June 19, 2014

Tour of Australia 2014: stage 12

stage12
Inspired by the Giro d’Italia, the Tour de France and the Vuelta a Espana, the Tour of Australia is a fictional three-week Grand Tour route created by David Blom and Matt de Neef to showcase some of Australia’s best cycling roads. This is the second year of the race and today we reveal stage 12 of the 2014 edition.

Route: Bright to Wangaratta
Distance: 177km
Climbing: 1,330m

Click here to see the route and profile at Ride with GPS.
On the day after the second rest day, the Tour of Australia resumes with a 177km stage that’s almost entirely flat. Striking out from the alpine centre of Bright the riders head north west along the Great Alpine Road for a very flat opening 42km.

At this point the riders head right on to Buckland Road, following the road north for about 7km before the day’s only categorised climb awaits them. The climb up to Buckland Gap is 3.2km long at a challenging average gradient of 7.5%.

From there it’s just six kilometres to the first of two intermediate sprints for the day, this one in the historical town of Beechworth. After heading north east out Beechworth (via a gentle rise to the 75km mark) the riders reach the outskirts of Wodonga, the Victorian half of Albury-Wodonga which sits on the Victoria/NSW border (and the banks of the Murray River).

The race heads west from Wodonga after roughly 100km, reaching Rutherglen and the second and final intermediate sprint after 138km. And from there it’s a dead-straight, pancake-flat run south to the stage finish in Wangaratta.

stage12

The riders might have had a rest day the day before this stage but it’s hard to imagine anyone complaining about another easier day. Aside from the Buckland Gap climb after about 50km, there are very few difficulties to speak of on this stage. In fact the first 40km and the last 60km of the race are about as flat as you’re likely to see in a bike race.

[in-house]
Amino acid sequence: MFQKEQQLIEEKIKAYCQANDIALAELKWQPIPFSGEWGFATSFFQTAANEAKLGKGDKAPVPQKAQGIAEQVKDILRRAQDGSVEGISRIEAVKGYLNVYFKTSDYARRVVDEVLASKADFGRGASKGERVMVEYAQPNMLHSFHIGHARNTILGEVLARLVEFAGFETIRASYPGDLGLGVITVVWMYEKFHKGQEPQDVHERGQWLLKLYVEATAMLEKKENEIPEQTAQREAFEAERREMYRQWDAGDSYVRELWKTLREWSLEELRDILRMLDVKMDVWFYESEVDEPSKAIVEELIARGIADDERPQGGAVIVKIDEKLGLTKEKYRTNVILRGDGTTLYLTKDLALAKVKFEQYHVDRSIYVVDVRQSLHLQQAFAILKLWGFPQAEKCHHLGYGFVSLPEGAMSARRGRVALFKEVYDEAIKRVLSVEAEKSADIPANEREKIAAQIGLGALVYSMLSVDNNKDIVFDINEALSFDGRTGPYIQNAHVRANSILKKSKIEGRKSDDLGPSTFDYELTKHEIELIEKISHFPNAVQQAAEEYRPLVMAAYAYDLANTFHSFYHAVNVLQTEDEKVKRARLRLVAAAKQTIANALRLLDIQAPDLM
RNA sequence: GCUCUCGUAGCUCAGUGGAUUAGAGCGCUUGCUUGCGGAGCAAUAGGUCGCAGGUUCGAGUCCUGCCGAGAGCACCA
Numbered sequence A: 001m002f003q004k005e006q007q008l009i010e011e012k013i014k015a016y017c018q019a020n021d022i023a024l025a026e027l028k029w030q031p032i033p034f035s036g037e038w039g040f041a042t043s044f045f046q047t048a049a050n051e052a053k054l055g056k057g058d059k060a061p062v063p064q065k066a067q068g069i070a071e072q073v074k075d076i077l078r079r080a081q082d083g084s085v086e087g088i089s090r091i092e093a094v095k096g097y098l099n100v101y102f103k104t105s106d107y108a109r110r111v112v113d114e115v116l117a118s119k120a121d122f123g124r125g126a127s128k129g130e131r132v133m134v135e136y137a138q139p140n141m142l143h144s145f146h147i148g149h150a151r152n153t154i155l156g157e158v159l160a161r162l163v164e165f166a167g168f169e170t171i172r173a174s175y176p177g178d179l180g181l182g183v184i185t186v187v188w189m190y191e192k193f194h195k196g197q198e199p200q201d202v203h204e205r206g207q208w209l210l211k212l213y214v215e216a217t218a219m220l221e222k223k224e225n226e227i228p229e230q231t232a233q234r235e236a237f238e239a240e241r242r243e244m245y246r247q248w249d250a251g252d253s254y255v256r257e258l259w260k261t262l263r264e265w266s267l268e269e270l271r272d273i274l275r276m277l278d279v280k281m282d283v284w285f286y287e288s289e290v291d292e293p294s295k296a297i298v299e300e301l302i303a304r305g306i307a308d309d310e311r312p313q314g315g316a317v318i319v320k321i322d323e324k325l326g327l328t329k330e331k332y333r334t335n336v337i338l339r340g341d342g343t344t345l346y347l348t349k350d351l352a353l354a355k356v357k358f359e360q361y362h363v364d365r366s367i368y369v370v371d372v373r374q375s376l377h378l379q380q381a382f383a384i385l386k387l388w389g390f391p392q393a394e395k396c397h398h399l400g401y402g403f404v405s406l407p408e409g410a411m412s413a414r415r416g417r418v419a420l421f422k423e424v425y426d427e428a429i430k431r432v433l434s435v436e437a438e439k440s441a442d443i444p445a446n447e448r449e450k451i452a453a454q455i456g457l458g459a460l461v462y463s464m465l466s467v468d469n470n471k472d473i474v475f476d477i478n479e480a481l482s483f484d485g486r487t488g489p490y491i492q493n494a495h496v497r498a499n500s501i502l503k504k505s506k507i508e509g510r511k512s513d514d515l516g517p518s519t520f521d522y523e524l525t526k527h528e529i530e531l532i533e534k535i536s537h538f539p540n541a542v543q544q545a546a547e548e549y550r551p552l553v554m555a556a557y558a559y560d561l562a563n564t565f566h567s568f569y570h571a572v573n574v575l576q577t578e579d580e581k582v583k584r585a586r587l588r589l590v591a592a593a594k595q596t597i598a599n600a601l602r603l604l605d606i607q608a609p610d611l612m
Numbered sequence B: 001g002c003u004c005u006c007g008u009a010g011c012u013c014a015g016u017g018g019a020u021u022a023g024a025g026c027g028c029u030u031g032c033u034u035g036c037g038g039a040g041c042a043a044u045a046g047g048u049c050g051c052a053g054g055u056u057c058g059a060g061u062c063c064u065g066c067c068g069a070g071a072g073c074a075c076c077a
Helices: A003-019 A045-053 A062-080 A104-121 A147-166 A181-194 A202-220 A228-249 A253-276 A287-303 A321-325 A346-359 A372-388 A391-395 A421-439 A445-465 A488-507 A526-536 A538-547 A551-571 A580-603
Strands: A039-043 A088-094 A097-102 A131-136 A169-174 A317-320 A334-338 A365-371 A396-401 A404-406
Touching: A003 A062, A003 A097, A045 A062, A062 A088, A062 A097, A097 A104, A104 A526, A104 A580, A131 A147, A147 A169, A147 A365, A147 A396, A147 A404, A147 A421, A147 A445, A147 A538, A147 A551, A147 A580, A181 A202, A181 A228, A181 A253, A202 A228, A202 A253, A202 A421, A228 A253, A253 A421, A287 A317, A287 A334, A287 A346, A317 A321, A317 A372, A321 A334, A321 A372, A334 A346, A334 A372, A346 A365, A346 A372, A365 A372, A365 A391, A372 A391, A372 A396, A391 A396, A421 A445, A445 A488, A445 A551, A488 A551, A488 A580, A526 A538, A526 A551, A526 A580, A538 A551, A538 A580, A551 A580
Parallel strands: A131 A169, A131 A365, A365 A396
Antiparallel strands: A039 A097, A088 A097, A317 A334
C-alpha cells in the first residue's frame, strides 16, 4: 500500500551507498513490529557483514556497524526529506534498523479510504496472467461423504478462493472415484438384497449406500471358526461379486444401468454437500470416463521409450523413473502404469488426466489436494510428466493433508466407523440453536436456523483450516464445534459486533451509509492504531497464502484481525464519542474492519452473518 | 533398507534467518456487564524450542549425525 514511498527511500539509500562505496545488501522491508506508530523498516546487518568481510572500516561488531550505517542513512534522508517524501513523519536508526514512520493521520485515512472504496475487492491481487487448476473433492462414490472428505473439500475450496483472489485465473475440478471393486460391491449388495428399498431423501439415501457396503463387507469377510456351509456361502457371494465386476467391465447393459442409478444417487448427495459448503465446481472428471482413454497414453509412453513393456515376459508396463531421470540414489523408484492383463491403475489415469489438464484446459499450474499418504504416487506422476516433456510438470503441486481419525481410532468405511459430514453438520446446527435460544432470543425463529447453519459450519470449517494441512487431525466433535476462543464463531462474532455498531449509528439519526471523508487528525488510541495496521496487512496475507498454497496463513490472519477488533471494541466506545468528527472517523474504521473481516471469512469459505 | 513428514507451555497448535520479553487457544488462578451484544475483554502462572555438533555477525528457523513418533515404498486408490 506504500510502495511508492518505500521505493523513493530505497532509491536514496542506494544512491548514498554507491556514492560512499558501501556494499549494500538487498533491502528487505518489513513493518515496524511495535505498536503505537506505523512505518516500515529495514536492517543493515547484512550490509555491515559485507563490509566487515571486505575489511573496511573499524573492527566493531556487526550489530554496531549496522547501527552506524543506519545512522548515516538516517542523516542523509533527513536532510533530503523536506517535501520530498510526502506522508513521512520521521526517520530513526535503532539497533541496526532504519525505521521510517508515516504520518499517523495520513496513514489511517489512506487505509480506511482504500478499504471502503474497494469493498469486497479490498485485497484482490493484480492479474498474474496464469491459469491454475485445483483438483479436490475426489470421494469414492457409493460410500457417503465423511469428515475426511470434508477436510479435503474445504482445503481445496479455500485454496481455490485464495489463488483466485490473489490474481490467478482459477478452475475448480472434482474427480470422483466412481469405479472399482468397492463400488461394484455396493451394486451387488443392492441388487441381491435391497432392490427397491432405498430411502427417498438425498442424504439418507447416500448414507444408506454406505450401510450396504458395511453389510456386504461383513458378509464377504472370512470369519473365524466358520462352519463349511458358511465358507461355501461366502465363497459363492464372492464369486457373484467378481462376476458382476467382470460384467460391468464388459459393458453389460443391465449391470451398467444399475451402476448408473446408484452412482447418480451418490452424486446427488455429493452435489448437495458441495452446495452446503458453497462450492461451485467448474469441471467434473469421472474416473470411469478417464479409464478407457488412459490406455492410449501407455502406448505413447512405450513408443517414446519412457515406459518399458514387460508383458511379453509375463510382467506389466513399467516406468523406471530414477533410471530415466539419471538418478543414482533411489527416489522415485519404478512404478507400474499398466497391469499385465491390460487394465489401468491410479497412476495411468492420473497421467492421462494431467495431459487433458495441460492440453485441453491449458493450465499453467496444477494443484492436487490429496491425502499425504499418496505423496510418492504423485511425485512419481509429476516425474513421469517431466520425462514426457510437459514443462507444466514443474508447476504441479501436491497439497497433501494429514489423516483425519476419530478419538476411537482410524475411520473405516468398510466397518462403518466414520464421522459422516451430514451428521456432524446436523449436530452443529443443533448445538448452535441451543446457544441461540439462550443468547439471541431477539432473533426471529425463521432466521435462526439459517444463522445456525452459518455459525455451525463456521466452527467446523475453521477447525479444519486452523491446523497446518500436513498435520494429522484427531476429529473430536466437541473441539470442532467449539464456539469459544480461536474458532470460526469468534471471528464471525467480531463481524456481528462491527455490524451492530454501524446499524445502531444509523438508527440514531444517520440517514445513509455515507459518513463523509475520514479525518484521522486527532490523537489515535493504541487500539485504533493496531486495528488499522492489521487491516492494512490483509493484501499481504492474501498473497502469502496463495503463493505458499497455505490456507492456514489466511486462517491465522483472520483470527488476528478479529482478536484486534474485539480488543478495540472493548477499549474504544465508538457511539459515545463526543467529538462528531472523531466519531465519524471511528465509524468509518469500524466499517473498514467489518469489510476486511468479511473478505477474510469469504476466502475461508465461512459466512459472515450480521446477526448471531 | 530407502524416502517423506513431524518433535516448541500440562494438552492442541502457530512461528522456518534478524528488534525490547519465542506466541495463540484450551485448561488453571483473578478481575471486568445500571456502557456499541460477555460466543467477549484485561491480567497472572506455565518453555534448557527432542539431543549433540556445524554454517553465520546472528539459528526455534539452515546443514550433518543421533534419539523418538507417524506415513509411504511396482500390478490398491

You’d expect a breakaway to form quite early in the stage and to potentially fragment on the Buckland Gap climb with just a few stronger riders getting away. But if there was ever a stage for the sprinters this is it. With the climbing out of the way, the teams of the sprinters could come to the front and start to bring back the breakaway in preparation for a sprint finish.

Depending on the conditions, the wind might play a role in the final 60km, particularly if there’s a crosswind between Rutherglen and Wangaratta, but that’s unlikely to foil the fastmen. The question is: how many of the big-name sprinters would be left after the brutal days in the mountains the week before?

For the GC riders this is the perfect stage to sit near the front of the main field, out of trouble, and save energy before things head uphill again in the days to come.

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  1. David Blom / Jun 19 2014

    The big rolling pin in Wodonga, the Big Ned Kelly in Glenrowan and the Big Wine Bottle in Rutherglen. Today’s stage is about many historic gold rush towns (Stanley, Chiltern, Beechowrth) and vineyards. The difference in terrain once you cross the Hume Hwy is stark. On one side it is extremely flat, one the other, you get the lumpy and mountainous terrain. Wangaratta has the Ovens and Kings rivers, we also follow the Murray for quite a way. For climbers out there, the Warby ranges have several wonderful climbs over it. Mt Major near Dookie has a brilliant climb that is closed to traffic, and Myrtleford to Stanley Rd is a fantastic climb that the route passes. Wodonga has several climbs nearby and would make a great base for exploration, especially for the cooler months.

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